And I say, “Do you know about a surgery?”
She says, “Yes.” Now I know exactly what has happened.
I've been sleepwalking all of my life. Since I was a little boy I would get out of bed a couple hours after going to sleep and come down the stairs and I'd sit on the couch next to my parents. They would be watching a movie or the Celtics. Sometimes I would just sit and I'd stare at the TV but a lot of the times I would talk to them and they would talk back to me.
They would ask me questions that I would never acknowledge in real life. They're like horrible people who would just draw information from me that no child would ever admit to. Like what girls do I like and what teachers do I hate and which one of them do I like the most right now. Then the next morning at breakfast they would bring all this stuff back up and make fun of me. It was a joy to live with these people.
But I did this all the time. People imagine sleepwalkers as someone who closed their eyes and sort of wander around the room with their hands outstretched but it’s really not like that at all. I always describe it as having two operating systems. I have the primary one, which is operating right now taking care of all of my functions, but when I go to sleep occasionally a second operating system comes online.
It’s just like the first one. I can do just about everything that I can do awake that I’m doing while I’m sleepwalking except the two operating systems don’t know that each other exist and so I never remember anything that I’m doing while I’m sleepwalking.
I'll get out of bed. It’s usually a couple hours after a person has gone to sleep that they'll start sleepwalking. Just before REM sleep is about to begin, people will get up and start wandering around. Sleepwalkers tend to get out of bed and sleepwalk at times of stress, when they're over-tired, if they’ve taken a medication they've never taken before, or they're in a new place, a new bed or a new location they've never been in before.
So when I was a boy scout, we would go camping in the woods and I would get out of my tent in the middle of the night and just walk into the woods, into the dark, until I tripped on a root or a rock and it woke me up. Then I would look around and I'd have no idea where I was in the dark so I'd have to sit at the base of a tree and I'd wait all night until eventually my friends at camp would wake up. I'd hear them and I'd be able to wander my way back to camp.
When I got older and I was on my own, I was a McDonald’s manager and I would often find myself, I'd wake up I'd be behind the wheel of my car in the parking lot with my McDonald’s uniform on just ready to drive away but, thankfully, never actually doing so. But it was a terrifying thing to figure out in am I in the parking lot or am I actually driving somewhere down the street.
Nowadays, sleepwalking takes me to many places. I often find myself sitting on the couch at night with the remote in my hand pointing it at the TV that is not on. The thing I do most often is I eat cereal at night. And I only know this because I'll come down in the morning and I'll find a half-eaten bowl of cheerios on the counter. Oftentimes there's a book or a magazine next to it and it’s open and I have no recollection of reading the pages, and I don't even really know if I did. But I’m consuming vast quantities of cereal in the middle of the night.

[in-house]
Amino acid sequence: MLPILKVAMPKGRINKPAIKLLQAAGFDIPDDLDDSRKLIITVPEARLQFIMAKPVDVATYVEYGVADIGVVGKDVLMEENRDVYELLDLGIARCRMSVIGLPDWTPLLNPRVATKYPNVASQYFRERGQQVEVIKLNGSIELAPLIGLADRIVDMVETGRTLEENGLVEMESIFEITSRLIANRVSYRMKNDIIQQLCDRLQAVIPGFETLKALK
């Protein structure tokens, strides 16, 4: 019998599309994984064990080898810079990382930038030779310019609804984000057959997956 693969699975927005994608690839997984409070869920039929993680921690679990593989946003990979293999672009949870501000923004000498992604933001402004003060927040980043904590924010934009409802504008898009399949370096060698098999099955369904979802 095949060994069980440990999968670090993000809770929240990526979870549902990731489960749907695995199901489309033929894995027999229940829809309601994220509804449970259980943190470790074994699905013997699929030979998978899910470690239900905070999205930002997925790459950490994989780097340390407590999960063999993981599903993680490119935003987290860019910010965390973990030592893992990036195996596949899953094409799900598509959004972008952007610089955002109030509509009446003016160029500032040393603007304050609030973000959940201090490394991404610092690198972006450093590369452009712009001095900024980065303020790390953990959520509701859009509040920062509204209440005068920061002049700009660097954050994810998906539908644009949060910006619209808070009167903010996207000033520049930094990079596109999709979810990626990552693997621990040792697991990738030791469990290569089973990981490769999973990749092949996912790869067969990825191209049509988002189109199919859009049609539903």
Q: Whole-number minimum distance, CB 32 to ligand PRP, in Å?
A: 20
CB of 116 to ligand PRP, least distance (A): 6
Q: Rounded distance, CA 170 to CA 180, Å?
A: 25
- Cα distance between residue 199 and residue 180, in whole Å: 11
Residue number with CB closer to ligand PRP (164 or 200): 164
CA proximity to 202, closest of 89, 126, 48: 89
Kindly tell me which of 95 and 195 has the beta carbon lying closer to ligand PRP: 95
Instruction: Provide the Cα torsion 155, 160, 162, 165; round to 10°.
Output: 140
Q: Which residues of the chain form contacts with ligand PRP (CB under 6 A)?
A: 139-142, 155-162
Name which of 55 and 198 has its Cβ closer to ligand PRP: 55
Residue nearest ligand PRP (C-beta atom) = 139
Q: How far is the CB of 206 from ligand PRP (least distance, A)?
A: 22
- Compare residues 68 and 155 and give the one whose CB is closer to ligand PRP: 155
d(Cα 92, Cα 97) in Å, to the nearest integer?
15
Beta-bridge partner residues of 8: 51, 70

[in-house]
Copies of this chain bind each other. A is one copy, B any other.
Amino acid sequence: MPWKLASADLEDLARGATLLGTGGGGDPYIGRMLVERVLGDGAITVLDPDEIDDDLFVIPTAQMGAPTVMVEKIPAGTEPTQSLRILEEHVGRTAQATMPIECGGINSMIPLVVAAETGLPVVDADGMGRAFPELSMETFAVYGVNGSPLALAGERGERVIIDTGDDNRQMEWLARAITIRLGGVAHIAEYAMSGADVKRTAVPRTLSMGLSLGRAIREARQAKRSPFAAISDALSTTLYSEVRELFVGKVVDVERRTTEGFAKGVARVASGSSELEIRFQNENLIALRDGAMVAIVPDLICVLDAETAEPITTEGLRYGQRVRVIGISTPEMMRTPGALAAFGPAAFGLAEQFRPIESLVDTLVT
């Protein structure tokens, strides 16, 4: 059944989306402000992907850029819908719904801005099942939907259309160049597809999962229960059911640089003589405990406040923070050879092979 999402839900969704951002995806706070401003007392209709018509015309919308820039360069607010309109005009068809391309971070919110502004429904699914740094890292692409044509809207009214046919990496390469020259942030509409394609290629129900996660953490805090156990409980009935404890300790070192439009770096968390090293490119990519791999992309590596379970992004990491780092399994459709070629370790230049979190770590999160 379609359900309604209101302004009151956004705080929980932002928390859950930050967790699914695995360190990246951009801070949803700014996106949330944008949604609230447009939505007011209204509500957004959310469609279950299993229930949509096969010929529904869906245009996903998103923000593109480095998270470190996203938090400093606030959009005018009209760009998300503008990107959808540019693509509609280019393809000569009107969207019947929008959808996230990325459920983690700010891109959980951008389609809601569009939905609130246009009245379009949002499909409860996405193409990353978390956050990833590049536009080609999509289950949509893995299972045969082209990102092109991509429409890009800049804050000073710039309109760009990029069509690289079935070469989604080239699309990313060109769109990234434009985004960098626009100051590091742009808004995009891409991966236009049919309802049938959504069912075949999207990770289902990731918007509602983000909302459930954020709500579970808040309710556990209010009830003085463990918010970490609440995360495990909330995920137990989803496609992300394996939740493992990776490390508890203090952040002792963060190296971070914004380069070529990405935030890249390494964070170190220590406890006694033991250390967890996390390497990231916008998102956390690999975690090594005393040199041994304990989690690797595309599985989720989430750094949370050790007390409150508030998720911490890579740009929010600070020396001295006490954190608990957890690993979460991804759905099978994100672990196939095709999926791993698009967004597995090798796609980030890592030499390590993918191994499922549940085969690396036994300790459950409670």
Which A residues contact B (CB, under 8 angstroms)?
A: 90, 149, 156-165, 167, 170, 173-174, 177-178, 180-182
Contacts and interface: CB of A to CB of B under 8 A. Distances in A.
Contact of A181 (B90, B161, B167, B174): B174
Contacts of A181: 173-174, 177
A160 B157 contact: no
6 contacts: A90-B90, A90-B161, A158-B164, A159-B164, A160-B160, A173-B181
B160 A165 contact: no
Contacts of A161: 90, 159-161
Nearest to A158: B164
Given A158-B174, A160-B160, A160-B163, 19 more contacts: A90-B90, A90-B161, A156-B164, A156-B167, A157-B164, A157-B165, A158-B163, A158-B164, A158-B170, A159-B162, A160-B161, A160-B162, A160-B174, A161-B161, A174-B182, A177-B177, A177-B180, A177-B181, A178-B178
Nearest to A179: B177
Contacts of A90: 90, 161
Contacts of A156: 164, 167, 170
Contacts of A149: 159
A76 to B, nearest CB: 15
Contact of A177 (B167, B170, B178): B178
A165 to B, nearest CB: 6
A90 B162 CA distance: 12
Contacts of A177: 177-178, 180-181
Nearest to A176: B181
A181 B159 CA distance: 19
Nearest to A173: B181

Recently, I made the terrible decision of agreeing to two deadlines to two different books at the same time which no writer should ever, ever do, and so I was under a lot of pressure. One morning I came down and I found that my laptop was open and there were 500 words written on my laptop for the novel I was working on that I have no recollection of ever writing. The words didn’t actually match what was already there. They were the beginning of the next chapter, but they were good enough that they are still the beginning of the next chapter.
I am writing books in my sleep. That is serious productivity. So it’s not totally weird that I've had this phone call with this veterinary person but it is really kind of crazy.
Elysha doesn’t even believe at first that this has happened. She says, “Matt, we were awake. We turned on the lights. You were on the phone.”
And I say, “I don't remember any of it.” I say, “What is happening?”
And she tells me that in the middle of the night they discover that it wasn’t constipation, that Kaleigh was having a spinal issue and that she had a rupture in one of the discs, which is something that happens to these little dogs with these long backs. So the doctor told us that she had to have a first surgery to clear out the debris and she had a 50% chance of surviving that surgery. And then she would have to have a second surgery, the one that’s happening right now, which would restabilize her spine. And she has a 50% chance of surviving that surgery.
Even if she survives both of them, she has a less than 50% chance of really ever walking again. It’s most likely that she's going to end up in a doggie wheelchair with her hind legs on wheels and her front legs pulling her around. And that for the rest of her life, we will have to catheter her and have a colostomy bag because she won’t be able to do any of those functions for herself.